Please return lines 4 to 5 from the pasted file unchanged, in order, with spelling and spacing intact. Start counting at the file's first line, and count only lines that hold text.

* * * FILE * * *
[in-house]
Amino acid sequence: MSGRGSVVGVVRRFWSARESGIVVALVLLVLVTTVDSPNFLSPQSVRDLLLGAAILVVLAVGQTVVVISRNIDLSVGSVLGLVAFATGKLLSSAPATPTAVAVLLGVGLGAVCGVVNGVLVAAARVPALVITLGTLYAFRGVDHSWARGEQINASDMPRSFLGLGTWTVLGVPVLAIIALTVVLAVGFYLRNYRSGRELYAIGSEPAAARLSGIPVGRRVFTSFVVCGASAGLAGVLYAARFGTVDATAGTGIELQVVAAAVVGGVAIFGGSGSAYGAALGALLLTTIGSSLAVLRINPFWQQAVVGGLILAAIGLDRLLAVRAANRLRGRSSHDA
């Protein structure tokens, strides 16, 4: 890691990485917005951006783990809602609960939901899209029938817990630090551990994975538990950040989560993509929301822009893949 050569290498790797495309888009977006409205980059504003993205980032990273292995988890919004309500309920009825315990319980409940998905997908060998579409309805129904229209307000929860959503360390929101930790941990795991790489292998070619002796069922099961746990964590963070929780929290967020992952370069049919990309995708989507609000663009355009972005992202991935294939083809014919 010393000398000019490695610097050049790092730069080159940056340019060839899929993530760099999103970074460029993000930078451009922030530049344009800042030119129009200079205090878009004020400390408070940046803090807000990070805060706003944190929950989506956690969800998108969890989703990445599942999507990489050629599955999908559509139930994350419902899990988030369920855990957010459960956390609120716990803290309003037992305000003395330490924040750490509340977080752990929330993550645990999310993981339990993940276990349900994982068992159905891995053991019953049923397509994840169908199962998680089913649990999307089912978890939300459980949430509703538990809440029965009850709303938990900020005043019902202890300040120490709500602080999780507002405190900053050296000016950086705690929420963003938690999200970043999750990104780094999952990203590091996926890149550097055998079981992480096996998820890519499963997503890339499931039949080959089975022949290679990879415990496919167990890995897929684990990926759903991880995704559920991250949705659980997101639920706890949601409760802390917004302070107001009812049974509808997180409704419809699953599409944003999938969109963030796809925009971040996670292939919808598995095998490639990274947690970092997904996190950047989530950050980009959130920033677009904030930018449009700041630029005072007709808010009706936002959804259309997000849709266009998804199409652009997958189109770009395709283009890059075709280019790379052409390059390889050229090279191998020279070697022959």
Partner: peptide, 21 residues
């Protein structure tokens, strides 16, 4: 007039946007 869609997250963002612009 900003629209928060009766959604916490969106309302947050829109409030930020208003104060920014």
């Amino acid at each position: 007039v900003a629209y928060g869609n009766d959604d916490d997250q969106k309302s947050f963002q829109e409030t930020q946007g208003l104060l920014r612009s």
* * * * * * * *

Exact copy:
Partner: peptide, 21 residues
């Protein structure tokens, strides 16, 4: 007039946007 869609997250963002612009 900003629209928060009766959604916490969106309302947050829109409030930020208003104060920014």